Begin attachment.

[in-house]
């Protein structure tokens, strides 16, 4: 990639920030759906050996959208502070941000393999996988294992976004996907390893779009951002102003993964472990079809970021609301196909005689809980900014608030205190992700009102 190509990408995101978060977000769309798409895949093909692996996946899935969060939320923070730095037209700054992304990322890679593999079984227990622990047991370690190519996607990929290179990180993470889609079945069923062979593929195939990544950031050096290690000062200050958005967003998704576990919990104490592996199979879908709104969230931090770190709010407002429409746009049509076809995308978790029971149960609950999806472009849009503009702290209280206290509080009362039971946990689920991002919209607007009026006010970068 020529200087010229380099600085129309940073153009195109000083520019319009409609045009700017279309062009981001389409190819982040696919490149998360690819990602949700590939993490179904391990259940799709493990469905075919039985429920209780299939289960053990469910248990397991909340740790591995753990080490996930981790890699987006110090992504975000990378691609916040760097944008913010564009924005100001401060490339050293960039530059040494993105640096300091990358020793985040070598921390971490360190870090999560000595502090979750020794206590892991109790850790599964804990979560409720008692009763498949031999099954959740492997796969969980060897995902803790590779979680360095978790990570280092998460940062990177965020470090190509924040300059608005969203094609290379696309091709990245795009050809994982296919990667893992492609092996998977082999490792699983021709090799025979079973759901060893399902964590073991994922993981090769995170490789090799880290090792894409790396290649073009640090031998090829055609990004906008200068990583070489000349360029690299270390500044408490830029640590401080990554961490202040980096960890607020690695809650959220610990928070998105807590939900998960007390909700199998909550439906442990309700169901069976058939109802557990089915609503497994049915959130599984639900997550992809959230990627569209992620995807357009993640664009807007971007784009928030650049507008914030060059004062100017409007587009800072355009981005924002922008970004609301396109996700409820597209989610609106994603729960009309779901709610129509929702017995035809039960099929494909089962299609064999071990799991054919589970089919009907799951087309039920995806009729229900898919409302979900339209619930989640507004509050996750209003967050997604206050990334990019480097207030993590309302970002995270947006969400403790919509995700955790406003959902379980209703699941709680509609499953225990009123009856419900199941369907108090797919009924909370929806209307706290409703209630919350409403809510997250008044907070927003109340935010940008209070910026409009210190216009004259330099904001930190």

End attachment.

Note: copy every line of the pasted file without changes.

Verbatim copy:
[in-house]
């Protein structure tokens, strides 16, 4: 990639920030759906050996959208502070941000393999996988294992976004996907390893779009951002102003993964472990079809970021609301196909005689809980900014608030205190992700009102 190509990408995101978060977000769309798409895949093909692996996946899935969060939320923070730095037209700054992304990322890679593999079984227990622990047991370690190519996607990929290179990180993470889609079945069923062979593929195939990544950031050096290690000062200050958005967003998704576990919990104490592996199979879908709104969230931090770190709010407002429409746009049509076809995308978790029971149960609950999806472009849009503009702290209280206290509080009362039971946990689920991002919209607007009026006010970068 020529200087010229380099600085129309940073153009195109000083520019319009409609045009700017279309062009981001389409190819982040696919490149998360690819990602949700590939993490179904391990259940799709493990469905075919039985429920209780299939289960053990469910248990397991909340740790591995753990080490996930981790890699987006110090992504975000990378691609916040760097944008913010564009924005100001401060490339050293960039530059040494993105640096300091990358020793985040070598921390971490360190870090999560000595502090979750020794206590892991109790850790599964804990979560409720008692009763498949031999099954959740492997796969969980060897995902803790590779979680360095978790990570280092998460940062990177965020470090190509924040300059608005969203094609290379696309091709990245795009050809994982296919990667893992492609092996998977082999490792699983021709090799025979079973759901060893399902964590073991994922993981090769995170490789090799880290090792894409790396290649073009640090031998090829055609990004906008200068990583070489000349360029690299270390500044408490830029640590401080990554961490202040980096960890607020690695809650959220610990928070998105807590939900998960007390909700199998909550439906442990309700169901069976058939109802557990089915609503497994049915959130599984639900997550992809959230990627569209992620995807357009993640664009807007971007784009928030650049507008914030060059004062100017409007587009800072355009981005924002922008970004609301396109996700409820597209989610609106994603729960009309779901709610129509929702017995035809039960099929494909089962299609064999071990799991054919589970089919009907799951087309039920995806009729229900898919409302979900339209619930989640507004509050996750209003967050997604206050990334990019480097207030993590309302970002995270947006969400403790919509995700955790406003959902379980209703699941709680509609499953225990009123009856419900199941369907108090797919009924909370929806209307706290409703209630919350409403809510997250008044907070927003109340935010940008209070910026409009210190216009004259330099904001930190």